Floral Imprinting Tutorial

Ever since reading EyeSwoon’s blog post, I’ve been dying to try floral imprinting (directions below). I dried out a bunch of wax flowers and cornflowers and then got to work. My house smelled like a very interesting tea while the bundle was steaming away, but the scarf turned out beautifully! 

I was surprised that the cornflower had left only yellow behind, no blue. And the wax flowers added a subtle splash of dark pink in a few spots. Going into the project I hadn’t researched what colors/flowers would be best, so it was a total shot in the dark but I still love how it turned out. It’s available in my shop here

I’ve been collecting fallen blossoms from around the neighborhood (this time after researching which ones yield brighter colors) and am excited for my next scarf steaming day :)


By Cara Marie Piazza and Andrea Gentl


  • Steamer pot, or non-reactive pot and grill grate (toaster oven shelf)
  • Silk fabric
  • Tongs
  • Rubber bands or string
  • Distilled white vinegar
  • Bowl or spray bottle (for distilled vinegar)
  • Plant matter
  • Rubber gloves


  • Collect your flowers and save them in an airtight container or resealable bag. If you’re not using them immediately, put them in your freezer.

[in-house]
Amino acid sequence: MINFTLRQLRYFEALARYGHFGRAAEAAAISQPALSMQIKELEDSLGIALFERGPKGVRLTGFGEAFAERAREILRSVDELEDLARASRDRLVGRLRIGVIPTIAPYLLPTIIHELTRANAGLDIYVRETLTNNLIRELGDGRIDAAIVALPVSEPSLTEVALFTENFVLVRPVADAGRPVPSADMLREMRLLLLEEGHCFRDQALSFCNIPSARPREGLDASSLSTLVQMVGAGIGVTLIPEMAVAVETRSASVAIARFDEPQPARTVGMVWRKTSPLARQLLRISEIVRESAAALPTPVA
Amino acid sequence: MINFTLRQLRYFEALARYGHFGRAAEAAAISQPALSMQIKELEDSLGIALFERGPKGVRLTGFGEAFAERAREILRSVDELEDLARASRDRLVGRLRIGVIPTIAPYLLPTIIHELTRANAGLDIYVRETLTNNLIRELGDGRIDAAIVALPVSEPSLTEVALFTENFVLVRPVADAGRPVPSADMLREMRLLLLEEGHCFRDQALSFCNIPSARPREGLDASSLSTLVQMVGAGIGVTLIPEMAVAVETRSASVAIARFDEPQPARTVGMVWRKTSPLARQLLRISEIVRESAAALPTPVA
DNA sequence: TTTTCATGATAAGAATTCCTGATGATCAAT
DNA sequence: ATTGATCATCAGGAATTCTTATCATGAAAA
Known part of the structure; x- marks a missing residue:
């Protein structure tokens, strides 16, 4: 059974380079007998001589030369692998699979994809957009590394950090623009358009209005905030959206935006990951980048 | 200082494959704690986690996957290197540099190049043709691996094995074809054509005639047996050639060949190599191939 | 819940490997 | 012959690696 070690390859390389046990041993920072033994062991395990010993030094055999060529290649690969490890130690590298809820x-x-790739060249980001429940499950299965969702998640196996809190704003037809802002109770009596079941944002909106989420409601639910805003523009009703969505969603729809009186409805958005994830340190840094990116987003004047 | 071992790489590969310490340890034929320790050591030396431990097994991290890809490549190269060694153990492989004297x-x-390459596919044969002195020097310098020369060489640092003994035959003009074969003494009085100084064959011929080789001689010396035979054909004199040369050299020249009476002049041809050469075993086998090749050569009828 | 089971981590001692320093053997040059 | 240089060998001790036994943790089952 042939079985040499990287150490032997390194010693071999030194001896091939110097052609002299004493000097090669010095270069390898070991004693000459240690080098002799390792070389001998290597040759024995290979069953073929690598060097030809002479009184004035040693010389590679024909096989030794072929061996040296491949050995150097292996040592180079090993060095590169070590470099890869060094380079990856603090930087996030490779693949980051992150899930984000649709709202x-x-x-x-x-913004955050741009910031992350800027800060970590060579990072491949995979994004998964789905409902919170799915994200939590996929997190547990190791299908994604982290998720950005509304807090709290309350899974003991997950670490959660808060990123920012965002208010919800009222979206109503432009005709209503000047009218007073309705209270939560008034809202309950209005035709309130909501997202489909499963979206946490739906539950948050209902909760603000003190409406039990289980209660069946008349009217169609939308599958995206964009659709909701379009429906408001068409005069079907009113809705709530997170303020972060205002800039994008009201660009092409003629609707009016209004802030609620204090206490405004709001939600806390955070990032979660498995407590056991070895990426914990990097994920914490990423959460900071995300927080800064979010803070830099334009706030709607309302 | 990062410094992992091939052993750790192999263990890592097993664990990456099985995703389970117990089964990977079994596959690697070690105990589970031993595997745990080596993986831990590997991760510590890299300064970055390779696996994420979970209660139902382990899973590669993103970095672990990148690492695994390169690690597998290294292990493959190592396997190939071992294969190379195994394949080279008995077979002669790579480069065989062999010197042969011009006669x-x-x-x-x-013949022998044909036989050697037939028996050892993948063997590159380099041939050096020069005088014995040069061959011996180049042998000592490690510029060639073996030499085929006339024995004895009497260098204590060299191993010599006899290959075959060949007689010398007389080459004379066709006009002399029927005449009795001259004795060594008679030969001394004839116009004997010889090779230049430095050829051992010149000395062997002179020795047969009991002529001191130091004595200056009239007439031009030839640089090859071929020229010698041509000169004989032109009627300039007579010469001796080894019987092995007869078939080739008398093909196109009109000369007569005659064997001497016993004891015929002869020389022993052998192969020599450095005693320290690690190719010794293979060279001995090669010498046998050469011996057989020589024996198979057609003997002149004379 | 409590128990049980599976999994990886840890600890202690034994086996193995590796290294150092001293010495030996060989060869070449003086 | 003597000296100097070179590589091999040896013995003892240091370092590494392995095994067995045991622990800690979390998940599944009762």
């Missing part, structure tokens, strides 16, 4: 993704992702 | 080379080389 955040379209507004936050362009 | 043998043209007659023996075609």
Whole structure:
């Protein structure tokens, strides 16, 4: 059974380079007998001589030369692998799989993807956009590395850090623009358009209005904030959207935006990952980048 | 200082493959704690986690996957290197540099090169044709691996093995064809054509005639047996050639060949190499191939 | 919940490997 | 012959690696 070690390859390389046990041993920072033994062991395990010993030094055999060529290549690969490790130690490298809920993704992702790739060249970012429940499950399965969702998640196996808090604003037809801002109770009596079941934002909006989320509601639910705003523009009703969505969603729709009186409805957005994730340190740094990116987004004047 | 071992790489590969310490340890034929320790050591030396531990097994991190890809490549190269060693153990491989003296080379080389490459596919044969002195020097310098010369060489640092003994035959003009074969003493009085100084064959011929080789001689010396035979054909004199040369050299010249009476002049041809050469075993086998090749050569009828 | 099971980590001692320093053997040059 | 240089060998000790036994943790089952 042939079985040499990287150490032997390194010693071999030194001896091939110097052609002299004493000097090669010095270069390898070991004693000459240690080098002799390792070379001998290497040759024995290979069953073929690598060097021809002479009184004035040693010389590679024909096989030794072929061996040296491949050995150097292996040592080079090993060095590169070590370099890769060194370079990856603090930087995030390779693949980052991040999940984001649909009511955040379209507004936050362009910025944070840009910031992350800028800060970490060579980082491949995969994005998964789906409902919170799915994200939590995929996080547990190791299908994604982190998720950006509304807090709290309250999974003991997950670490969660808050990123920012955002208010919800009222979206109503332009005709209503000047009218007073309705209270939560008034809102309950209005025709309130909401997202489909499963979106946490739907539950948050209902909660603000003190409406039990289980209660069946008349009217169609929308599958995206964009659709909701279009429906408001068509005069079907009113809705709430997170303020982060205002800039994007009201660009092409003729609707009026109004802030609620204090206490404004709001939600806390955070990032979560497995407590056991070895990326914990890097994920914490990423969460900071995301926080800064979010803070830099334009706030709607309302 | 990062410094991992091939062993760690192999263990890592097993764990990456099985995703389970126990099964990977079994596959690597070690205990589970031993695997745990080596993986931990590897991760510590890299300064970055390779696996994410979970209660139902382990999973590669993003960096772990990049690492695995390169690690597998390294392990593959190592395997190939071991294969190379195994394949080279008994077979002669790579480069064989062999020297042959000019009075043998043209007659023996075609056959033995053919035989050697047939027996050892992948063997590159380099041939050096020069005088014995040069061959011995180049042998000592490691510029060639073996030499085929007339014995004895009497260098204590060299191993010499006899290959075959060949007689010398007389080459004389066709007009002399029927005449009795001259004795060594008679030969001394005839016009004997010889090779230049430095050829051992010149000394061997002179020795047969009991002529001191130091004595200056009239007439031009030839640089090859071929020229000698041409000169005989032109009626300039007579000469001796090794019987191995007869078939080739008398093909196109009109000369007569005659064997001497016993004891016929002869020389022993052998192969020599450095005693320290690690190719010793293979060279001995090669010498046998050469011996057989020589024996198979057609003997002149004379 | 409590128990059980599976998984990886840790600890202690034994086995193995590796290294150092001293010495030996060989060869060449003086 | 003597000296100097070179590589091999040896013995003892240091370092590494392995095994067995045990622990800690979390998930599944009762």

• Cover your workspace with newspaper or on old cloth, lay out the silk fabric and put on your rubber gloves. Now it’s time to decide what pattern you’d like to create. The pattern is created where the petals touch the fabric. So, either leave the flower heads on or pluck and scatter the petals to create your desired look.
  •  Starting from one end, tightly and evenly roll the fabric so it looks like a snake. As you roll, try to keep all the flower matter well-packed in your bundle.
  • Tie up your roll with rubber bands or string. It should resemble a sausage when you’re done.
  • Pour distilled vinegar into a bowl or spray bottle. If you’re using a bowl, dip your roll in the vinegar, wetting the roll thoroughly. Or with a spray bottle, spritz the fabric roll evenly throughout.
  • If you have a steamer pot, great! If not, just fill a pot with water, bring it to a boil, and add a grill grate, like the rack from your toaster oven, on top to create a shelf for steaming.
  • Place your bundle on your steamer pot or grill grate, fully immersed in steam, for at least one hour — but the longer, the better!
  • Using your tongs, pick up your bundle and rinse lightly under cold water. Unroll and shake all the flower bits off your fabric, then give the fabric another quick rinse in cold water.
  • Let your silk dry naturally overnight. When it’s dry the next day, iron it to set the color.
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